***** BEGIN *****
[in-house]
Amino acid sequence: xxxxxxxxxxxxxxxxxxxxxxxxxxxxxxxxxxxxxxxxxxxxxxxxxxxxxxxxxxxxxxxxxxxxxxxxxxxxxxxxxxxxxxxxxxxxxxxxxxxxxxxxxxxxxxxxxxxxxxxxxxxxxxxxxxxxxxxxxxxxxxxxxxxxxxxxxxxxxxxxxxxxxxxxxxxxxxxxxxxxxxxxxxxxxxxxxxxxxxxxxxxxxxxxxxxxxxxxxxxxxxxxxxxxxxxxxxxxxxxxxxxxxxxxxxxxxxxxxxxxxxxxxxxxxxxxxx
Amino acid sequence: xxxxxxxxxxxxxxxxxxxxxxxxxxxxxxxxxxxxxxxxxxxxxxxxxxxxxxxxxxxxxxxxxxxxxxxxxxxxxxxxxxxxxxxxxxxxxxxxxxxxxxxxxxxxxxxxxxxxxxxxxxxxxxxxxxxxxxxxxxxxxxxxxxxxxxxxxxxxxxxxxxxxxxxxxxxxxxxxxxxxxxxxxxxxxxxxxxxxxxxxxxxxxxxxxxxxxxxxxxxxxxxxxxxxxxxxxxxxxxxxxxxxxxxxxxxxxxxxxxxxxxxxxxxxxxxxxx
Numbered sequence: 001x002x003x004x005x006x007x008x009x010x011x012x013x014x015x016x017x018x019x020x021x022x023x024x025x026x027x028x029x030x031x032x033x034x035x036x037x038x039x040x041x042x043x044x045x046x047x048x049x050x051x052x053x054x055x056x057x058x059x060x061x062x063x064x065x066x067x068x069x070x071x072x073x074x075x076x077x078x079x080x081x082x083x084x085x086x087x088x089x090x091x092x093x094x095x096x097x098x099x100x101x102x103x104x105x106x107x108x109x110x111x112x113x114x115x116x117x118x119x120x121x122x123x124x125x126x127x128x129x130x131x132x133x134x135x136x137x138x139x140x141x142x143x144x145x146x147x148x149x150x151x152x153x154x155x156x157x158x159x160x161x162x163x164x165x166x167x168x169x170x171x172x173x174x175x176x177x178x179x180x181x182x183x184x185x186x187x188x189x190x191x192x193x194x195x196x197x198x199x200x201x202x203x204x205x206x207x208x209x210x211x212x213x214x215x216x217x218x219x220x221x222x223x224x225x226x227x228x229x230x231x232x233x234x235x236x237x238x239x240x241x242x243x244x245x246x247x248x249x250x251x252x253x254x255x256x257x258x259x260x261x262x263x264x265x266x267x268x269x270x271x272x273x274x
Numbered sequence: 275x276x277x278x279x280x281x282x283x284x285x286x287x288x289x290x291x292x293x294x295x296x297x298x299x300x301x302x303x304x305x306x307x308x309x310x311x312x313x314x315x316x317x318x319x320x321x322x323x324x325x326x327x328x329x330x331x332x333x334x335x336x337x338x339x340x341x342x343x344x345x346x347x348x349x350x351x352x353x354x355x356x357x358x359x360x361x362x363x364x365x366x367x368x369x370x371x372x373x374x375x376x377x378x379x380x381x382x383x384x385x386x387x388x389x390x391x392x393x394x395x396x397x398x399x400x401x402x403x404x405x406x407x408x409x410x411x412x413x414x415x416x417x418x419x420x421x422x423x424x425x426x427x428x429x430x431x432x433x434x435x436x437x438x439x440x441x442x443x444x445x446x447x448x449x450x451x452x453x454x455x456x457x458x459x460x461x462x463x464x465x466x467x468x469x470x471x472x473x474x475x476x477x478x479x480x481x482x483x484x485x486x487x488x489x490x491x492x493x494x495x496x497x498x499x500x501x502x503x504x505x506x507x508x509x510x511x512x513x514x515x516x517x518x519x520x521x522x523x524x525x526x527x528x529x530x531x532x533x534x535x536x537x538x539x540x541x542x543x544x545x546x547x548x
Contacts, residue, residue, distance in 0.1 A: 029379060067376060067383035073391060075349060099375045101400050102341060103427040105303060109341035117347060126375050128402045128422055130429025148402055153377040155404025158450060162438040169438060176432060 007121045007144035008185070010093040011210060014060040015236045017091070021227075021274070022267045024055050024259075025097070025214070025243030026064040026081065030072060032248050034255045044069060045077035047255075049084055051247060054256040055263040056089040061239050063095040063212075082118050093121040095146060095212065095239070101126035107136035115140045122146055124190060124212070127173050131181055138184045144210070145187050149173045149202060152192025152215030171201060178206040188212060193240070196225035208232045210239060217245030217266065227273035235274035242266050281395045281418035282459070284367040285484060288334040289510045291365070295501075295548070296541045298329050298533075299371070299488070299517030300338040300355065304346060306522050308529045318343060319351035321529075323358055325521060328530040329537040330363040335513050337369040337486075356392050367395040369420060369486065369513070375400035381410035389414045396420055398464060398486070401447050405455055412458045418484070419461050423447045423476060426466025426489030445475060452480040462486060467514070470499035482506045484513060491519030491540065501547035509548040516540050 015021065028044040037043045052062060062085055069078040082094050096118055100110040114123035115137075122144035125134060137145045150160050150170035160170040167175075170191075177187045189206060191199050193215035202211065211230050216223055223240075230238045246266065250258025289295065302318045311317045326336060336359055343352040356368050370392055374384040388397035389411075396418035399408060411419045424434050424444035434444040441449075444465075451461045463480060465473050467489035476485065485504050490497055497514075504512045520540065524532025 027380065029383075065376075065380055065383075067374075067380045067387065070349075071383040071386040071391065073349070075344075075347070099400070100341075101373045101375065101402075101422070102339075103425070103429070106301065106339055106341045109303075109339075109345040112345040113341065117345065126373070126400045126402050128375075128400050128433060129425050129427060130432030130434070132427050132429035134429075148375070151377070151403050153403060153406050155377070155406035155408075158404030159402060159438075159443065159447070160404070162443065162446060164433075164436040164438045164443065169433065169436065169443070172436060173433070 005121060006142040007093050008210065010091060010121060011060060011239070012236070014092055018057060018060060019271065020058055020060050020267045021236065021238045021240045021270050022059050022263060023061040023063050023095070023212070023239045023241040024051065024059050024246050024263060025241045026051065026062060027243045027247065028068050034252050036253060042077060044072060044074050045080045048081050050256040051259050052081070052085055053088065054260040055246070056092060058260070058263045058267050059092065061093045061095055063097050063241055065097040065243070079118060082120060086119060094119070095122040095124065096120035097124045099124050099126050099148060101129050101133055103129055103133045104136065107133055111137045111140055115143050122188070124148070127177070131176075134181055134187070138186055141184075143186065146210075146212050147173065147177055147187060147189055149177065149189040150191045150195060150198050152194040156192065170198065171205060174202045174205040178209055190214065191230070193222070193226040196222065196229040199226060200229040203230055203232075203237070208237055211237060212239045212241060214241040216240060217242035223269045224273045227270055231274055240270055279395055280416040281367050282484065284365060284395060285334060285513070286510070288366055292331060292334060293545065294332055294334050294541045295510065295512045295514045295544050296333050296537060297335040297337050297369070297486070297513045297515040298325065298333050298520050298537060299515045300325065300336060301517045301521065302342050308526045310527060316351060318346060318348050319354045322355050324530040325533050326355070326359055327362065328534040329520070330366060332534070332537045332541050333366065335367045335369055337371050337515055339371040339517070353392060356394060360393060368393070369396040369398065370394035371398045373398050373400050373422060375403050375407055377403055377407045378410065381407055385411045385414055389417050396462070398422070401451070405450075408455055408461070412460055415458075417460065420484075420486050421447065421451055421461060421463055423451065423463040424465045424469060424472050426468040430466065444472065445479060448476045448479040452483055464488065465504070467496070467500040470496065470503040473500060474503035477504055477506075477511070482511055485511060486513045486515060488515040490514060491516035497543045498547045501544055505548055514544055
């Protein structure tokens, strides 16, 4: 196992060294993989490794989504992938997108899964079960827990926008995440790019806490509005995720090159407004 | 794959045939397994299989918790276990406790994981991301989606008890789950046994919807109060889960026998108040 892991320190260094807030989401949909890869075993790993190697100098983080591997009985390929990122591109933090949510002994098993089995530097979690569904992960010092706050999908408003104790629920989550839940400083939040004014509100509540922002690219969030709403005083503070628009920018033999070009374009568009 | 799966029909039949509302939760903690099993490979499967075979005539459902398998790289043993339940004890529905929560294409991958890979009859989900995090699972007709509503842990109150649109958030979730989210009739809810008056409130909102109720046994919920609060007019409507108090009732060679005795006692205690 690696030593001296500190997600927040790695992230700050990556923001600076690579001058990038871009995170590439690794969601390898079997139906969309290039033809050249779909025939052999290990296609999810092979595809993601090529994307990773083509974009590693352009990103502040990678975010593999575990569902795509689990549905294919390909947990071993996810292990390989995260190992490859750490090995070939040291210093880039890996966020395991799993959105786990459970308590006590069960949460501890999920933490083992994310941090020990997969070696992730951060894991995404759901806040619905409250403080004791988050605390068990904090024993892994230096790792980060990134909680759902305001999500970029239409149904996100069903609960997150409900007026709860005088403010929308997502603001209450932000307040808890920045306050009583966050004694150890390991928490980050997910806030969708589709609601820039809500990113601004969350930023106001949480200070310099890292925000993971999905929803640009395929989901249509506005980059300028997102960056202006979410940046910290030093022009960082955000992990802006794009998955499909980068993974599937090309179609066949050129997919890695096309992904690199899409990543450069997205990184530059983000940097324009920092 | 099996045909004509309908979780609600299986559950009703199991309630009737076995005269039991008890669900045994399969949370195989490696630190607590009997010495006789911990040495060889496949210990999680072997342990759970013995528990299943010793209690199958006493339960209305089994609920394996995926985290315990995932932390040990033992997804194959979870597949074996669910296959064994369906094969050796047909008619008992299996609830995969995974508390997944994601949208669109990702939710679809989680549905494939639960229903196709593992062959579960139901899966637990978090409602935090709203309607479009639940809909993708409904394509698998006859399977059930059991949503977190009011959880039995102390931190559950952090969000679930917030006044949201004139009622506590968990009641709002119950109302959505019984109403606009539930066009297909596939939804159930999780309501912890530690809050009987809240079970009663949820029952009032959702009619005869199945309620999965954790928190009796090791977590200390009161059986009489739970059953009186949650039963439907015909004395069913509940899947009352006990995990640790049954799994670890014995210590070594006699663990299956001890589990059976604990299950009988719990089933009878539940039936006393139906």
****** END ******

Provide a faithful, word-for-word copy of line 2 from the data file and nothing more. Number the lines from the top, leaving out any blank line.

Amino acid sequence: xxxxxxxxxxxxxxxxxxxxxxxxxxxxxxxxxxxxxxxxxxxxxxxxxxxxxxxxxxxxxxxxxxxxxxxxxxxxxxxxxxxxxxxxxxxxxxxxxxxxxxxxxxxxxxxxxxxxxxxxxxxxxxxxxxxxxxxxxxxxxxxxxxxxxxxxxxxxxxxxxxxxxxxxxxxxxxxxxxxxxxxxxxxxxxxxxxxxxxxxxxxxxxxxxxxxxxxxxxxxxxxxxxxxxxxxxxxxxxxxxxxxxxxxxxxxxxxxxxxxxxxxxxxxxxxxxx